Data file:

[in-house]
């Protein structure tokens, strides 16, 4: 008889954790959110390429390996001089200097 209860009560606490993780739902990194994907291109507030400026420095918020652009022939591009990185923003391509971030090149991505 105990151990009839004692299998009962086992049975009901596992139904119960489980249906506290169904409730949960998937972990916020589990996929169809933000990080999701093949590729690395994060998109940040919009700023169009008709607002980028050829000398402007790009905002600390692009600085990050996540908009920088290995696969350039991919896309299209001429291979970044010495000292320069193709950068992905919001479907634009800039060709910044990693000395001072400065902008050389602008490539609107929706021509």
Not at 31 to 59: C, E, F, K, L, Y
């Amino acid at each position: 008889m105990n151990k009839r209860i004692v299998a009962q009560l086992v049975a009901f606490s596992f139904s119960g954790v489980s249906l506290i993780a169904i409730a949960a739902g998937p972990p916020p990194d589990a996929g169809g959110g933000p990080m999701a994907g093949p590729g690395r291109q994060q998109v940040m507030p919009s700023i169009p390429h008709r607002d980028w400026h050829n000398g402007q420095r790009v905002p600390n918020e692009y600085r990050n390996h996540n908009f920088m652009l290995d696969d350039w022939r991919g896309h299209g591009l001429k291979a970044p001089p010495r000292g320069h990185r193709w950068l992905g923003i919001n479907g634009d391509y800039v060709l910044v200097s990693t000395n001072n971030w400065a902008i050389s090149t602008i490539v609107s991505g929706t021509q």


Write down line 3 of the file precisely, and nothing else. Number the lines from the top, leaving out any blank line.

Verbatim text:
Not at 31 to 59: C, E, F, K, L, Y